MCX Responds to Reports of Hacked Emails, Fines for Accepting Apple Pay

Oct. 30, 2014

MCX Responds to Reports of Hacked Emails, Fines for Accepting Apple Pay MCX, developer of the merchant-led mobile payments initiative CurrentC currently in pilot with merchants around the U.S., acknowledged yesterday it’s systems had been compromised, resulting in the theft of an unknown number of email addresses. MCX CEO Dekkers Davidson said the attack targeted MCX’s email provider and exposed only the email addresses of CurrentC’s pilot testers and did not touch the payment system at all. While Davidson stressed that the breach occurred with a third-party partner, he refused to name the email provider during a press conference yesterday.

“We take responsibility at CurrentC for everything that happens here,” Davidson told an audience of media members during a live webcast press conference. “I own it. CurrentC owns it.”

Davidson said the hack will have no impact on the planned rollout, which he said is still on course for early 2015. He also noted this is not the first attempt to breach CurrentC’s defenses, nor was the company caught unprepared.

“One of the reasons we have launched the way we have launched is to test our systems in a safe environment,” said Davidson. “We expected attacks. There have been many attacks and we will deal with them.”

During the press conference, Davidson also responded to a New York Times report published yesterday that said MCX merchants that are refusing to accept rival Apple Pay – including major retailers like Walmart, Best Buy and CVS – are doing so to avoid financial retribution.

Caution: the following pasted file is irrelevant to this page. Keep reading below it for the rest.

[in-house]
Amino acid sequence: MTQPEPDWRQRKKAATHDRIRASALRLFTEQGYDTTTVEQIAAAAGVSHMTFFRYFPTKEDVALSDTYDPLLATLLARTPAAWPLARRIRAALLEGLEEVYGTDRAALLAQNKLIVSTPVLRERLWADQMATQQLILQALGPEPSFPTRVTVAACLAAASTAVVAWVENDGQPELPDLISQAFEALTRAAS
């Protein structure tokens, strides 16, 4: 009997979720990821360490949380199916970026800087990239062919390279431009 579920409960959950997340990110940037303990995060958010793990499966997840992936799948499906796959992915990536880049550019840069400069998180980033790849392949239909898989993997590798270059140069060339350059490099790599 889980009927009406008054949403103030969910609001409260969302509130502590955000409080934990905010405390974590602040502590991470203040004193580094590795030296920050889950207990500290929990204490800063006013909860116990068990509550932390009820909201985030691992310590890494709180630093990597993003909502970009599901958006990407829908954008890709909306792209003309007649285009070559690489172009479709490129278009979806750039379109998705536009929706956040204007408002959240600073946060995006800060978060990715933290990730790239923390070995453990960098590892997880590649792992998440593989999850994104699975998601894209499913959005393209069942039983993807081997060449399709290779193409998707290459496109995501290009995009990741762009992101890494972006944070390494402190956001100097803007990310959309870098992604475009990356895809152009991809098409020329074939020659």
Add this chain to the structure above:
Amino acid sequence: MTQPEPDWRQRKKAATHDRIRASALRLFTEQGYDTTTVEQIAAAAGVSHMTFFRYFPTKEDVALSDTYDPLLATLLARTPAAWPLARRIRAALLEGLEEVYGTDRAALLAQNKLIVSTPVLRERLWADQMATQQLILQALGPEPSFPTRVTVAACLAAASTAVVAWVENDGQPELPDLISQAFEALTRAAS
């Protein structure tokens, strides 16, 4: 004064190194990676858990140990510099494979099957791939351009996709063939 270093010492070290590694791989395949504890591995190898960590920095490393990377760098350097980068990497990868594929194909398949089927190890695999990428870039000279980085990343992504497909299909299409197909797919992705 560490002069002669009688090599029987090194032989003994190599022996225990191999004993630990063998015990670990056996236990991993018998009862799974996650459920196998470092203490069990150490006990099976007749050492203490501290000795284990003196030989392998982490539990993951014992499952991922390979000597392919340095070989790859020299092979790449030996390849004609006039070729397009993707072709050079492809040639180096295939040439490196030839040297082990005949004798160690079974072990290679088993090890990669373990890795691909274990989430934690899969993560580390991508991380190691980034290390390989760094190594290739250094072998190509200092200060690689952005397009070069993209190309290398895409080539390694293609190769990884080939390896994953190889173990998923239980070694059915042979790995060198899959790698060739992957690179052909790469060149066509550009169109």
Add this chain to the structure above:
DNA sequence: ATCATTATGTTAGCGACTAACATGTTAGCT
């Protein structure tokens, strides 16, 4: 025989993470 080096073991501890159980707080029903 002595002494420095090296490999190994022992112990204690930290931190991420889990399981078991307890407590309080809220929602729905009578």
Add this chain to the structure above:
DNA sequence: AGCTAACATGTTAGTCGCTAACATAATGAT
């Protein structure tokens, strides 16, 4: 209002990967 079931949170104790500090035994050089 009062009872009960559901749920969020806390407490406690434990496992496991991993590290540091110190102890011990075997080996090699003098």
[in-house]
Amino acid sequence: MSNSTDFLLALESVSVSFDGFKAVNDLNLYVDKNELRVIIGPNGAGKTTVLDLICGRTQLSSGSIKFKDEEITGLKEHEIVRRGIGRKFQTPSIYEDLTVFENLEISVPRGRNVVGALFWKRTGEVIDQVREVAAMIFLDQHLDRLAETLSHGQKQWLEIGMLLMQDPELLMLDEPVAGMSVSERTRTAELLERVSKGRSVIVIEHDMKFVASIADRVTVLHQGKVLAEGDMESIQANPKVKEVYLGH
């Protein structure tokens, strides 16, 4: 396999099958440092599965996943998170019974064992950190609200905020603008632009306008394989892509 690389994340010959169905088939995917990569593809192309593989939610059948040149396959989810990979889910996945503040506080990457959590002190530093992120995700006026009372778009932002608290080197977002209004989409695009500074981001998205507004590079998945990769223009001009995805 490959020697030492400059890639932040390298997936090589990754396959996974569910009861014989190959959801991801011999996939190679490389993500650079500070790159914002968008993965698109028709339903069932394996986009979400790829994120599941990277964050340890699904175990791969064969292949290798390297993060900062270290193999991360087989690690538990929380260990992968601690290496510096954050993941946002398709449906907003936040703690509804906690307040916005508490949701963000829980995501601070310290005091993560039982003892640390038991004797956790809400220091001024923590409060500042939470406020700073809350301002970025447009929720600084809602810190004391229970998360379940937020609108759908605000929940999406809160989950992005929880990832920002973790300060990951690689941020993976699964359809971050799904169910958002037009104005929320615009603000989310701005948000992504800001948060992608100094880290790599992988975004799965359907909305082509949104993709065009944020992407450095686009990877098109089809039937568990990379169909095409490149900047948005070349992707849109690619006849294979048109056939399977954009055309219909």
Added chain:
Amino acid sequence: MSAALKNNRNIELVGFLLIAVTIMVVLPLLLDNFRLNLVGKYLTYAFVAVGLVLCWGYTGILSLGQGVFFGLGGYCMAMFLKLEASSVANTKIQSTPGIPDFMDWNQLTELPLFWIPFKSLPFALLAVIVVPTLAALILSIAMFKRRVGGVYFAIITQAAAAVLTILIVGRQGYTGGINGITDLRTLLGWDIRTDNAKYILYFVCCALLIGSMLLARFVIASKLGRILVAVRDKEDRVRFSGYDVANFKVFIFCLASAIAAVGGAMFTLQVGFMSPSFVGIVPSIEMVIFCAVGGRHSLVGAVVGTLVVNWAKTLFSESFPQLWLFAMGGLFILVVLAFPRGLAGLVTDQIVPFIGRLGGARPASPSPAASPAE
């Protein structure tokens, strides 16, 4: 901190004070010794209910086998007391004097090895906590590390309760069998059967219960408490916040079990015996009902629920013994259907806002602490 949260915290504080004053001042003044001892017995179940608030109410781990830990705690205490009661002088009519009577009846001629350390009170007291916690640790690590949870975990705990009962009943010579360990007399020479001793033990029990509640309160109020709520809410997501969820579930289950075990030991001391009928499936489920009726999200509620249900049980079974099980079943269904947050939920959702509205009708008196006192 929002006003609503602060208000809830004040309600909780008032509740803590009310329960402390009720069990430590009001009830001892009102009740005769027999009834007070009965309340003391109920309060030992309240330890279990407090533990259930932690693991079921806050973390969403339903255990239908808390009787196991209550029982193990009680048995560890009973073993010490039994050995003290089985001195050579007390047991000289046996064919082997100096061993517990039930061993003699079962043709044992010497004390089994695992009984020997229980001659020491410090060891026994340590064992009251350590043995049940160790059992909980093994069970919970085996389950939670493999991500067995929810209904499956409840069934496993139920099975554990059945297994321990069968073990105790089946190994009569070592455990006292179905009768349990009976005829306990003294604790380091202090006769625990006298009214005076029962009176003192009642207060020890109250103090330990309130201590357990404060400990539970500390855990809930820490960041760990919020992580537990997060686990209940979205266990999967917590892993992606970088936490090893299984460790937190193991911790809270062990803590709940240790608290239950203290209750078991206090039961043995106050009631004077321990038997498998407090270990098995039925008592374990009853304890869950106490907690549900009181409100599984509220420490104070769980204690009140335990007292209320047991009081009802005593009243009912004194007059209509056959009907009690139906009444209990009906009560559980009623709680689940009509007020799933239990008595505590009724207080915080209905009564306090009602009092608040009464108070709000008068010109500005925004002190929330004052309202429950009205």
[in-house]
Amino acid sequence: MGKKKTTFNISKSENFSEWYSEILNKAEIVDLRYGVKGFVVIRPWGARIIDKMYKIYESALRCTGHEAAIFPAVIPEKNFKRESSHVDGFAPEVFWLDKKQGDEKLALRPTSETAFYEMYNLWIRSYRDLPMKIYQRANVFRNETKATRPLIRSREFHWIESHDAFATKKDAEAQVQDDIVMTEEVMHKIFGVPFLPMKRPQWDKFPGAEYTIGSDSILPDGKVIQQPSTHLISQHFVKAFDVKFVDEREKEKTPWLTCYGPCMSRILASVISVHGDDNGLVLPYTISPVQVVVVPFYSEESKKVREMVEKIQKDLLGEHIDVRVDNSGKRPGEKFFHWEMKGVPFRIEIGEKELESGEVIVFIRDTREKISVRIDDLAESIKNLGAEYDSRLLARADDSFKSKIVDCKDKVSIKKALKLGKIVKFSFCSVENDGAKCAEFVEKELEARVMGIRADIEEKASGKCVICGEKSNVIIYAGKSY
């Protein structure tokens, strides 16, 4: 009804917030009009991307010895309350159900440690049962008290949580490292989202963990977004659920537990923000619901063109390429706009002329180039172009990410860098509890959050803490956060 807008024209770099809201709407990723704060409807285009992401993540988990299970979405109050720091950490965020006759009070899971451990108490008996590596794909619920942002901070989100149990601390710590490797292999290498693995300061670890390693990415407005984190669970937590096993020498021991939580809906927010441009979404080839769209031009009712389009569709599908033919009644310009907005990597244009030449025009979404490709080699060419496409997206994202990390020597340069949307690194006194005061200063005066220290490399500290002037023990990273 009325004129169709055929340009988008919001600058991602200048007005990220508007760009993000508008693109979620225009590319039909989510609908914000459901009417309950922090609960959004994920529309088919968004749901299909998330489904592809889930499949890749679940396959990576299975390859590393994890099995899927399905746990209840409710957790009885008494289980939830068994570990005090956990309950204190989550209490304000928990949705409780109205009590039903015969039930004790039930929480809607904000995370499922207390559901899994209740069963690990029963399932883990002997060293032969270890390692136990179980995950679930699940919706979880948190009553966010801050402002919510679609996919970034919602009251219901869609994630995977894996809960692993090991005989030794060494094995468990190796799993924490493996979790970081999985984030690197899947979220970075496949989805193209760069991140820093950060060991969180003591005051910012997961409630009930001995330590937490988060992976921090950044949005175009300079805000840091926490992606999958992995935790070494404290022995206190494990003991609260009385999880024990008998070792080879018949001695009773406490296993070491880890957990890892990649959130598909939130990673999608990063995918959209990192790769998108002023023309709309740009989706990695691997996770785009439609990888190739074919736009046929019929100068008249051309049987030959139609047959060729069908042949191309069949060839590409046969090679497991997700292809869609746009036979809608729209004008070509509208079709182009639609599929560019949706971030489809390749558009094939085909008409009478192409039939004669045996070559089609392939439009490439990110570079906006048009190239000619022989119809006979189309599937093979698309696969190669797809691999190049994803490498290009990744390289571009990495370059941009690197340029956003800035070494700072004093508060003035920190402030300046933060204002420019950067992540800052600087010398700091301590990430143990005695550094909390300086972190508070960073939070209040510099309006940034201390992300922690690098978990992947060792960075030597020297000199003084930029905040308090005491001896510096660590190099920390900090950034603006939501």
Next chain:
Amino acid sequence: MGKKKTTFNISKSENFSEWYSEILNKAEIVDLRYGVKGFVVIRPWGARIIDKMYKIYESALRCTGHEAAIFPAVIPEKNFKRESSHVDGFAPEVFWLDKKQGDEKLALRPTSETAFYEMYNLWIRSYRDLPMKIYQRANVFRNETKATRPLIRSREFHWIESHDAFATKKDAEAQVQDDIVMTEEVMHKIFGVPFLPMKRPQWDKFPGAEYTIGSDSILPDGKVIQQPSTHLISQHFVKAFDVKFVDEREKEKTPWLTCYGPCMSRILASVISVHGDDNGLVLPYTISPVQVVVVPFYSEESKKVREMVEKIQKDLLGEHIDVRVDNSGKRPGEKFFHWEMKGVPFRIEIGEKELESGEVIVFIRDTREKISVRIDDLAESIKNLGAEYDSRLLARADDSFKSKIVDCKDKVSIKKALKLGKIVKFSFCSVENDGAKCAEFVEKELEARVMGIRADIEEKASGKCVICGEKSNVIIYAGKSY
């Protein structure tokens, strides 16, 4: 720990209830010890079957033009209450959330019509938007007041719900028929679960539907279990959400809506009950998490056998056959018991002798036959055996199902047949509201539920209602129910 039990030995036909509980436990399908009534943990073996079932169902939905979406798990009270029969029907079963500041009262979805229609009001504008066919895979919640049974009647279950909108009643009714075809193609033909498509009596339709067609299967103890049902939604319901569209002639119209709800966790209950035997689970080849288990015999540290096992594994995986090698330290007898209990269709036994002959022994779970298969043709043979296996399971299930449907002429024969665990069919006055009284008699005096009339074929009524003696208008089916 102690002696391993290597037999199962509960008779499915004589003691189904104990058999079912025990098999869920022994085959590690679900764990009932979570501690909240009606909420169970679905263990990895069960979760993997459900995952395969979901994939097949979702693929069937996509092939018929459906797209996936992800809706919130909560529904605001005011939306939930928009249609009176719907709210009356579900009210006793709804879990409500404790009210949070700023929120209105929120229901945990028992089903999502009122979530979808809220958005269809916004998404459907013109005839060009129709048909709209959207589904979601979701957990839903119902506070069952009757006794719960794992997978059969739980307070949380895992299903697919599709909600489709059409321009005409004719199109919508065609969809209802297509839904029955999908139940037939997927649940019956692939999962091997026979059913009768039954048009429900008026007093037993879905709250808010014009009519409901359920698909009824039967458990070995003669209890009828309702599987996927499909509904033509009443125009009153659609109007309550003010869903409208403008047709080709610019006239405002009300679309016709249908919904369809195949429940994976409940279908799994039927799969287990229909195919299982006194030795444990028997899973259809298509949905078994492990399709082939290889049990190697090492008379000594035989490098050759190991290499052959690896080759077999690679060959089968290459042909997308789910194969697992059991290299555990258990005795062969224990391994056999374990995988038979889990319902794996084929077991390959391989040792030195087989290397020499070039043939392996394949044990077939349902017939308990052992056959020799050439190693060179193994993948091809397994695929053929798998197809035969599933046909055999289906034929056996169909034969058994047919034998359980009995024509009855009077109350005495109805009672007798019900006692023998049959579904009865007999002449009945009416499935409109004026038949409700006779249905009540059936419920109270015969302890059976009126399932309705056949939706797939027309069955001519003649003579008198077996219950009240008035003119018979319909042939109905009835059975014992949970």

“Under the terms of their agreement, they are not supposed to accept competing mobile payment products like Apple Pay, according to multiple retailers involved with MCX, who spoke on the condition of anonymity,” the Times report said. “If these retailers break their contracts, they will face steep fines for doing so, these people said.”

Davidson flatly denied MCX is applying pressure not to accept competing payment methods like Apple Pay by fining its merchants.

“No,” he stated. “There are no fines to MCX merchants. We are aware of the reporting on that. There is nothing in the structure that would have us do that. As I said earlier, MCX merchants are free to make the right choice for their consumers. Each merchant has developed over the years a great approach to engage their consumers. It’s simply not true. There are no fines.”